Leonard Pitt Ardill (MM BAR)
Serial No. 4732
Leonard Pitt Ardill (MM BAR) - Information
The Ardills came from Parramatta, and eventually settled down in the Campbelltown area. Here, Leonard was born in Minto in 1892 to proud parents Joshua and Mary Jane Ardill. Joshua and Mary added to their family, before leaving Campbelltown to relocate to Rockdale, Queensland in the 1910s. Leonard soon made a life for himself in Jondaryan, near Toowoomba, working as a farm hand. While the boys were still at Gallipoli, Leonard decided to do his bit. He enlisted in the AIF in Toowoomba on the 1st of October 1915, aged 22. During training, Leonard was assigned to the 15th Reinforcements, 15th Battalion as a Private. He was then shipped overseas from Brisbane upon the HMAT Commonwealth on the 28th of March 1916.
Leonard disembarked in England and was then despatched to the Western Front in late September. At the beginning of October, he was marched out to his unit from the 4th Australian Division Base Depot. Enduring the bitter winter, a renewed assault on the Somme was ordered. The 15th Battalion attacked the Germans across the frozen snow covered battlefield at Stormy Trench near Guedecourt. Here, on the 1st of February 1917, Leonard was wounded, hit in the leg. He received treatment at hospital in Rouen, and was back with his unit at the end of March. Unfortunately, shortly after he returned, he was wounded again during the Battle of Bullecourt. On the 11th of April, he received a nasty gun shot wound to his left hand. On the 20th he was evacuated to England, admitted to the 2nd Southern General Hospital. In mid August, he was sent back to France, rejoining his unit a month later. Leonard was an inspiration to the men in his unit. On the 2nd of October, he was appointed Lance Corporal. At the time, the 15th Battalion was fighting during the Third Battle of Ypres at Polygon Wood and Passchendaele. He then spent another dreadful winter with his mates, as the heavy rainfall bogged down the frontlines.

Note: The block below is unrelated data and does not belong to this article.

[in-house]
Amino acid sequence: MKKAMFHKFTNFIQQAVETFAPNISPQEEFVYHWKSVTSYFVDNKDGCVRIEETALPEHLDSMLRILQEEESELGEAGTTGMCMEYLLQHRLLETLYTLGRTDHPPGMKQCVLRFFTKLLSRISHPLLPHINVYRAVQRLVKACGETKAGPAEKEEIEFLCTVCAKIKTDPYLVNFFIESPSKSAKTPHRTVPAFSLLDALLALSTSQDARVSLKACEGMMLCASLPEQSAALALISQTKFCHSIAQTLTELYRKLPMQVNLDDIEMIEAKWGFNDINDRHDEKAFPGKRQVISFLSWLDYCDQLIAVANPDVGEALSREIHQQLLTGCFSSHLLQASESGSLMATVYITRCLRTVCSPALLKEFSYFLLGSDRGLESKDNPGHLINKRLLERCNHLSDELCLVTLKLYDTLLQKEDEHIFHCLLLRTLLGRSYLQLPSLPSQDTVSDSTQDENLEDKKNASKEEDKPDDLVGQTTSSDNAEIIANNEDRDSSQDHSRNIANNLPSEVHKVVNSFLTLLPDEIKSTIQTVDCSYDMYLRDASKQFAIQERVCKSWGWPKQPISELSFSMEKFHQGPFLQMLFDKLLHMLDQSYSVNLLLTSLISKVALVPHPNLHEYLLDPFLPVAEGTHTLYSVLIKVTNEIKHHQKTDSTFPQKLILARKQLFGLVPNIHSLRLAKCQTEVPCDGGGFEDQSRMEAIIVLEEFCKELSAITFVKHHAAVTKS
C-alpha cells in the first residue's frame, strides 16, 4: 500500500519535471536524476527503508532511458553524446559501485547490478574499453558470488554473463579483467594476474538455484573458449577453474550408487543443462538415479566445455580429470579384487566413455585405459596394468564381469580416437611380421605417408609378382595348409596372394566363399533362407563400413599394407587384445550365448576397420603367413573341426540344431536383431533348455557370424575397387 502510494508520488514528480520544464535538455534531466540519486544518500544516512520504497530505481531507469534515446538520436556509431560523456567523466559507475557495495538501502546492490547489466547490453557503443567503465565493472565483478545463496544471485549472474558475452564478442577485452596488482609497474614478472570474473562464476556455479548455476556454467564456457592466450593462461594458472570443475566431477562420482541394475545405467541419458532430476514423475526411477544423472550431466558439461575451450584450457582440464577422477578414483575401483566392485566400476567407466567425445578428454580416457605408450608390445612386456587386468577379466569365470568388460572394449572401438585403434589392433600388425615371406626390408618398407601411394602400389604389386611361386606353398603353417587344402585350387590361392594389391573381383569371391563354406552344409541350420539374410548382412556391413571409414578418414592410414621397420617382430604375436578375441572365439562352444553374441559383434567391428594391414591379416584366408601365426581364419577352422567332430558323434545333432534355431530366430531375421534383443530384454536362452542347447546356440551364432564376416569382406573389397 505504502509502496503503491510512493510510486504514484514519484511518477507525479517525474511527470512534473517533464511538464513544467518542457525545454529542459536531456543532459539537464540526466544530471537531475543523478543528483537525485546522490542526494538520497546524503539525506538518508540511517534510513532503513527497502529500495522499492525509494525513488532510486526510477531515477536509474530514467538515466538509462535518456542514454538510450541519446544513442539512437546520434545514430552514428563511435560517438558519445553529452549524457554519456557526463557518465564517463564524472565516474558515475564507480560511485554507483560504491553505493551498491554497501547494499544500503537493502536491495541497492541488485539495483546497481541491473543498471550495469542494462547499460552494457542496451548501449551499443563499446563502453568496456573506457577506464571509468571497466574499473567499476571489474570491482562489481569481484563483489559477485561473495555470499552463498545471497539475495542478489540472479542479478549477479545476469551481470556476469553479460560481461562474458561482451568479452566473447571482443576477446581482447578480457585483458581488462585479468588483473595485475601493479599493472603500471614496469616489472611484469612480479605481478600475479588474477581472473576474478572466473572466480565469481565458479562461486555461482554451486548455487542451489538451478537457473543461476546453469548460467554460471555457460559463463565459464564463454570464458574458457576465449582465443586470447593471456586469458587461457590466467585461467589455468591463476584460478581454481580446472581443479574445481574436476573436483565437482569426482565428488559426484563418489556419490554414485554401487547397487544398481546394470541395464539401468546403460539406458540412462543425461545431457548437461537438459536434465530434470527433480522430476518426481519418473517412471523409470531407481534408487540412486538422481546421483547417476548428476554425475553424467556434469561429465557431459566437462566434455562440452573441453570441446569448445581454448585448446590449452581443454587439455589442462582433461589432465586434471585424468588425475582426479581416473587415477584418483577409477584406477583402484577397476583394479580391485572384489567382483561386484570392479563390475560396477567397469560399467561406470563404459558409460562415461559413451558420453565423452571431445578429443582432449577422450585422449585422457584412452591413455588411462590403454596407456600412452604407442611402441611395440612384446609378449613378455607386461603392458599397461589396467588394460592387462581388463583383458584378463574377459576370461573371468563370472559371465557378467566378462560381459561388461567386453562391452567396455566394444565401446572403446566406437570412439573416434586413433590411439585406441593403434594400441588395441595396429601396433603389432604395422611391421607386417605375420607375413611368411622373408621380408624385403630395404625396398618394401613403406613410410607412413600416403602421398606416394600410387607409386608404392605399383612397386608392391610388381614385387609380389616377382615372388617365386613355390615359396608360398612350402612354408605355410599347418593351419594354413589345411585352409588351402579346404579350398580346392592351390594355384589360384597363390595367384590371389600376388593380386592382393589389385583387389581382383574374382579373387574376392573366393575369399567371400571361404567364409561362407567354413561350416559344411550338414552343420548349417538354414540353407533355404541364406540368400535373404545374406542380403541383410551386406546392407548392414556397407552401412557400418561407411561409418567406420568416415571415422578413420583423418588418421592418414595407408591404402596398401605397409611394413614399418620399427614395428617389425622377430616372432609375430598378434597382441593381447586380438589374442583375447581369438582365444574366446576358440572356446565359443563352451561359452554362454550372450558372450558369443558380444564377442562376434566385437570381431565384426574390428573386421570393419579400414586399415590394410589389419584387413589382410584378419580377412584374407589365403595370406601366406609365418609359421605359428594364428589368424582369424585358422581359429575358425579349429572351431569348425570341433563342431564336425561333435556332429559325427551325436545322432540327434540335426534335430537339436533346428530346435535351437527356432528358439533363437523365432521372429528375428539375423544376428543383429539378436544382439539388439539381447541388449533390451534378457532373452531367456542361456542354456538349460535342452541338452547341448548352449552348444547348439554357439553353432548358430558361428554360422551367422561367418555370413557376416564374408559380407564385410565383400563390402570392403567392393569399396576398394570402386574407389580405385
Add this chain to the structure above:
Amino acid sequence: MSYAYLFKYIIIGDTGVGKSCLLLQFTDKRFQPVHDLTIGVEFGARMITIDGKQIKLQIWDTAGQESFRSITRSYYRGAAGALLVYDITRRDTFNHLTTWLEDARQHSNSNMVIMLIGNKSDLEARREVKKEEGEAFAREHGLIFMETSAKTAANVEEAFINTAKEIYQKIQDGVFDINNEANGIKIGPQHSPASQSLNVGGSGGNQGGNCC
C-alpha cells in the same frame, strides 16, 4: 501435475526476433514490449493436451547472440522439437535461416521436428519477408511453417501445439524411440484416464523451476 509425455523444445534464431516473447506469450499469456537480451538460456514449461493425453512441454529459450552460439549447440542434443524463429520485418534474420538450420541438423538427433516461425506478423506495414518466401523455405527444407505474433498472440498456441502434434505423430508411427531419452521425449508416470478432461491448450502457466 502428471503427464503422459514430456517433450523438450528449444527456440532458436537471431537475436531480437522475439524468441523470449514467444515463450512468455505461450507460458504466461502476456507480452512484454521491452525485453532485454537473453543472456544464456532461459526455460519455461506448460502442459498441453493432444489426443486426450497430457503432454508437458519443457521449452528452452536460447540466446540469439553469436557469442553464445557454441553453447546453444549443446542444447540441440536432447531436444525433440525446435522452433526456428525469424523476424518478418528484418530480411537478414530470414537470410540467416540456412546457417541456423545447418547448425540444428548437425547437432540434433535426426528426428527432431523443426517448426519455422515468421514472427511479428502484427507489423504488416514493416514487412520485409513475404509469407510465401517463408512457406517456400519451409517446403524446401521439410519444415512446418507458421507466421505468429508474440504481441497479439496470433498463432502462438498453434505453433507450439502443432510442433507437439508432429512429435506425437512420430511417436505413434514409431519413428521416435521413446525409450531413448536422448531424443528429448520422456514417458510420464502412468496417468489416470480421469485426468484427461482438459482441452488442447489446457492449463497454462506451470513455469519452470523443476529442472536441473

In March 1918, the Germans launched their Spring Offensive, an attempt to break the Allies before the bulk of American forces arrived in France. This led to intense fighting with attacks and counter attacks, in which Leonard demonstrated true courage and devotion to duty. For his heroic actions, he was recommended for the Military Medal for gallantry at Hebuturne on the 27th of March. He was then recommended for a Bar to the Military Medal for his actions in July. On the 4th of July, he and his unit were fighting near Hamel Wood east of Corbie. Taking charge of his section, he successfully led them to their objective. He then consolidated this new position under heavy machine gun fire, before organising an assault on the German forward post. They took the post, bringing back two machine guns and five prisoners while sustaining no casualties. He was singled out for superb gallantry and leadership. Leonard continued to prove himself, being promoted to Temporary Corporal on the 15th of July. His efforts were rewarded, presented with the Military Medal on the 30th of August, and promoted Corporal three days later. Leonard and his unit continued to push the Germans back. Then while resting out of the lines, he was awarded Bar to the Military Medal on the 22nd of October. The war was soon over with the announcement of the Armistice on the 11th of November. Leonard remained with his unit, until he was sent back to Australia in April 1919. He sailed onboard the very same ship he left on, the Commonwealth, returning home to a proud and honoured family.